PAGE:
6 Ways to Invest When You're In Debt

By Tim Lemke on 23 November 2016 0 comments

You know you need to begin investing to save for the future, but you still have some debt to pay off. It is possible to take care of both at the same time?

The short answer is that yes, you can pay down debt and invest at the same time. In many ways, this is a personal choice. If you despise debt and sleep better at night knowing that you're paying it off as quickly as possible, that's fine. But if you can tolerate paying off debt at a slower rate and investing some money, you may end up ahead of the game financially over the long-term.

Here are some things to consider when deciding how much to invest and how much debt to pay off.

1. Minimum Payments First, Then Invest

While it's certainly possible to pay down debt and invest at the same time, it's never a good idea to invest if you can't make your minimum payments first. If you don't make minimum payments, you'll be on the hook for higher interest, late fees, and penalties. Not to mention that your credit score will take a big hit. Consider investing your money only if you know you can set money aside and still make at least the minimum payments on debt.

2. Tackle the High Interest Debt

If your debt is tied up in credit cards and other things that come with high interest rates, you may want to hold off on investing until that's under control. Credit cards have interest rates in the double digits, and you're unlikely to generate an investment return that outpaces that. Once that high-interest debt is down to zero, then investing becomes much more possible. (See also: Fastest Way to Pay Off 10K in Credit Card Debt)

3. Use Your 401K Plan

If you work for an employer that offers a 401K plan or something similar, it's worth taking part even if you have some debt. That's because most employers will match contributions up to a certain amount. So it's like getting free money. Any contributions you make to a 401K are deducted from your taxable income, so there are great tax advantages for taking part. Invest what you can while still paying down your debt. Then, when your debt is paid off, increase your contributions.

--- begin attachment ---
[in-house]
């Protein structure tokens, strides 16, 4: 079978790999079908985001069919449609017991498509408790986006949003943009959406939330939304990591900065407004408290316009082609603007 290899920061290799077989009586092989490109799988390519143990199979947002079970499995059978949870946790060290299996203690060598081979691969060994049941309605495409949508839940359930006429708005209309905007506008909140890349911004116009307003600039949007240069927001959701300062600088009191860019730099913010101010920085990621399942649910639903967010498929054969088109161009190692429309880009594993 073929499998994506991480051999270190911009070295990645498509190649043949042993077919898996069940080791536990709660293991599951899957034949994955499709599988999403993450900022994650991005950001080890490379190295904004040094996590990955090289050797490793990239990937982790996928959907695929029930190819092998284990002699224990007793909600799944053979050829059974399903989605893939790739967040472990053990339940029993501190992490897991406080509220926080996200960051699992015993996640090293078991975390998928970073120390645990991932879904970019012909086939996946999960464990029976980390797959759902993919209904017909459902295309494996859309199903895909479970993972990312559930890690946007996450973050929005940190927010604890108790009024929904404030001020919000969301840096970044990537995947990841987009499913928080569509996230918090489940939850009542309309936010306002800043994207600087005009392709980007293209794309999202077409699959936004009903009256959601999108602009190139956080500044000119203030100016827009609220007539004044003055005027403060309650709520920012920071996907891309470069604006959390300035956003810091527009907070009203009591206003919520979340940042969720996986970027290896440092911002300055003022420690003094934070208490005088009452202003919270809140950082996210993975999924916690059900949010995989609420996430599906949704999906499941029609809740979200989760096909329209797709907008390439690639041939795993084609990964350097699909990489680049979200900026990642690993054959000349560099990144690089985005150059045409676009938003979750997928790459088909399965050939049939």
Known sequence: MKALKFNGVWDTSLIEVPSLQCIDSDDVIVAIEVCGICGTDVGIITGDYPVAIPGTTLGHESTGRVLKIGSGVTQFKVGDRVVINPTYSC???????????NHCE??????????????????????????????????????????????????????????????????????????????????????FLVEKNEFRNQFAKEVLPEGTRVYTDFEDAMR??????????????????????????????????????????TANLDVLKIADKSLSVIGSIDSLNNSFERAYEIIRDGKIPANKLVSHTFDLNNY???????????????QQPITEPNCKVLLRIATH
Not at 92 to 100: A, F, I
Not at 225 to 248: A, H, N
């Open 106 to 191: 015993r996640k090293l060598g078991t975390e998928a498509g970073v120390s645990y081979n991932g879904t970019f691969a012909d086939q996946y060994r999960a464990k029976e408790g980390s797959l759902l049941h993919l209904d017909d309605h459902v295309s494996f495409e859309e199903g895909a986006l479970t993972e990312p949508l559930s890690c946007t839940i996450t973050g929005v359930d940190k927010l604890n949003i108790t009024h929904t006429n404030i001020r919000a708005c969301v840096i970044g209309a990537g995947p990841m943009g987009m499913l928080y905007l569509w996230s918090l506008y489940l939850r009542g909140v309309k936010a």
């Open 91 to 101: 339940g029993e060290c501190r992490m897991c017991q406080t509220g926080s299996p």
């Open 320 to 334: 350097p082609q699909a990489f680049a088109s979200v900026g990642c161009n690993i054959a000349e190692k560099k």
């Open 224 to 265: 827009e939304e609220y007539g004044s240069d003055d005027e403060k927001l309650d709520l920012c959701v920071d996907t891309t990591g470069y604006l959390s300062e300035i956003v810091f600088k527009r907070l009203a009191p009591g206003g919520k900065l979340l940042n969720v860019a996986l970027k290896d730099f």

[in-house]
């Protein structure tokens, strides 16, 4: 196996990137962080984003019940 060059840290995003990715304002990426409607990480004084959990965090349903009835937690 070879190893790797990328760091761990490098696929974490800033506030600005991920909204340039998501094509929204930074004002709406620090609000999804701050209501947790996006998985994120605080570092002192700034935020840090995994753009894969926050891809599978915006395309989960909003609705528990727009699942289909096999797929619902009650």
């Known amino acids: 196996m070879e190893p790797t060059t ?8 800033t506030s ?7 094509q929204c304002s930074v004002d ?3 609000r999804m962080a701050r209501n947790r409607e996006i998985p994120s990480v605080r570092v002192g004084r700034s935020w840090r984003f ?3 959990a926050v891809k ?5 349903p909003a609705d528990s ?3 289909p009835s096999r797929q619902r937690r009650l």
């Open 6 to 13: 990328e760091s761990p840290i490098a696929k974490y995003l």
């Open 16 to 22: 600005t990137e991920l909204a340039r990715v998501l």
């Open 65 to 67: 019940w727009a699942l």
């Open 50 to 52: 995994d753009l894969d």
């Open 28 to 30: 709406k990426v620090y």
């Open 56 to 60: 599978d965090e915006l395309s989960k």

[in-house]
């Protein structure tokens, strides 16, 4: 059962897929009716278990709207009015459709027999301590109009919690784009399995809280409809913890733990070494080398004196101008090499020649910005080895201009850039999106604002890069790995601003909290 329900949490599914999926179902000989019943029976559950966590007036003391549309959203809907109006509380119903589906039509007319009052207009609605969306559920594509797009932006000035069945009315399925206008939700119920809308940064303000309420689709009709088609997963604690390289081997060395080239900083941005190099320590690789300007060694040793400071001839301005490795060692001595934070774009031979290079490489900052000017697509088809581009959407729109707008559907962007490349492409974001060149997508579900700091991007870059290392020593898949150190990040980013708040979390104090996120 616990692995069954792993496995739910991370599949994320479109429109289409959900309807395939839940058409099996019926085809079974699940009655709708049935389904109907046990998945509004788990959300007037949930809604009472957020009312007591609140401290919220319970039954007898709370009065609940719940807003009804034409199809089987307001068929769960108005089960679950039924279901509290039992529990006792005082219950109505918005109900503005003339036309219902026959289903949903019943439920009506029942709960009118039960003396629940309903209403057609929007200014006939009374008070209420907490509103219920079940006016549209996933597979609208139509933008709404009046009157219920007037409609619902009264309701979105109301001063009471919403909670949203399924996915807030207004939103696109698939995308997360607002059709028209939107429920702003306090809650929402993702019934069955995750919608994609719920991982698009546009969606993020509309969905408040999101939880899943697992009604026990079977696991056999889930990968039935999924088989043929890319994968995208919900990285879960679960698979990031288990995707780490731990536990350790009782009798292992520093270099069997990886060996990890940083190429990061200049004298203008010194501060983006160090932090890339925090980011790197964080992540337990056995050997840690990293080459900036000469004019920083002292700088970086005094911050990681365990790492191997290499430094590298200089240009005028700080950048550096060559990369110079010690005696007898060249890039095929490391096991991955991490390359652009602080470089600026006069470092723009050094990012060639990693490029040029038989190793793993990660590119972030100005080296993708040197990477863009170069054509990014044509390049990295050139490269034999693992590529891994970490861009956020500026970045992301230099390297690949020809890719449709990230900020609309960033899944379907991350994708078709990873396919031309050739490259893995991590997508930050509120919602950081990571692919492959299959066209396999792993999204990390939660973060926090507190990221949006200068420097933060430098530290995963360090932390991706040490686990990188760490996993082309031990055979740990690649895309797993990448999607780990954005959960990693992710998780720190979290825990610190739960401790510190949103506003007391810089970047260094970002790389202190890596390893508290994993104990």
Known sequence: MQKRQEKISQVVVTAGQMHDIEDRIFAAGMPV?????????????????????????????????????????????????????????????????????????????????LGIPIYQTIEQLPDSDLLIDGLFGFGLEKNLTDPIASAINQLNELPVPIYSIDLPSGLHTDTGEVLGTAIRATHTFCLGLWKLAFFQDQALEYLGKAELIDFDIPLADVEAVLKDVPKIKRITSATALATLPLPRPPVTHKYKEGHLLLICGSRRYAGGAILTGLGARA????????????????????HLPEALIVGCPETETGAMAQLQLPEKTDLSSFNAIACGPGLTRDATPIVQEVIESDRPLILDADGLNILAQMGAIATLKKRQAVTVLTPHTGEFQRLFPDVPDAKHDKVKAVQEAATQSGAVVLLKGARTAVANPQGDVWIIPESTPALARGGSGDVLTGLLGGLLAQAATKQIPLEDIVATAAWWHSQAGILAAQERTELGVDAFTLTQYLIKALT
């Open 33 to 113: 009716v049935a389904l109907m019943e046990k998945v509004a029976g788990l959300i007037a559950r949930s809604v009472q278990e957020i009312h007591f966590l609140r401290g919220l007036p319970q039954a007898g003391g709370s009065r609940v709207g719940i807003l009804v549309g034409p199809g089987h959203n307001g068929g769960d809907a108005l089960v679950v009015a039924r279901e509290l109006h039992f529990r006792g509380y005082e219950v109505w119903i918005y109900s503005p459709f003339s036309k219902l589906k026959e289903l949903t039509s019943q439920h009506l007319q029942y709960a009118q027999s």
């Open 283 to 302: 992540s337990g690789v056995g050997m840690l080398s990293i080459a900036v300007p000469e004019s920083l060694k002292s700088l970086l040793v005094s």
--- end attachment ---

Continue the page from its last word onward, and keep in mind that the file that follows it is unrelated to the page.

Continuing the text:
4. Look at Low-Cost Mutual Funds and ETFs

If most of your debt is tied up in low-interest things like student loans or mortgages, it's okay to set aside some money to invest in things that will generate a good return. In fact, there are many financial planners that argue against paying off low-interest loans early if market returns are higher than interest rates. Over time, stocks have averaged returns of about 7%, which is much higher than interest rates these days. To get this type of return, consider looking at mutual funds and exchange-traded funds that have low fees and are designed to track the performance of the overall stock market.

5. Find Investments That Trade Without a Commission

If you're trying to invest and pay down debt at the same time, there's a good chance you may only be able to invest a little at a time. That's okay, but it's important to be aware of the fees and commissions you pay every time you buy and sell. If you're only buying a few shares of a stock but paying $8 in a commission, for example, that fee is cutting into a sizable percentage of your investment. Fortunately, many discount brokerages allow you to trade certain types of investments without paying a commission. Fidelity offers fee-free investing on all iShares ETFs, ETrade offers many commission-free ETFs from WisdomTree and Global X, and TD Ameritrade offers more than 100 ETFs with no transaction fees.

6. Automate as Much as Possible

Finding the balance between investing and paying off debt requires some discipline. If you have some debt but are considering investing, determine in advance what your ideal balance is. Then, set up automatic monthly transfers of money into an investment account, and automate your bills as well. If you get extra money or a raise, consider tweaking the balance accordingly. When you automate, it takes the guesswork out, allows you to stay consistent, and makes it easier to do other financial planning.

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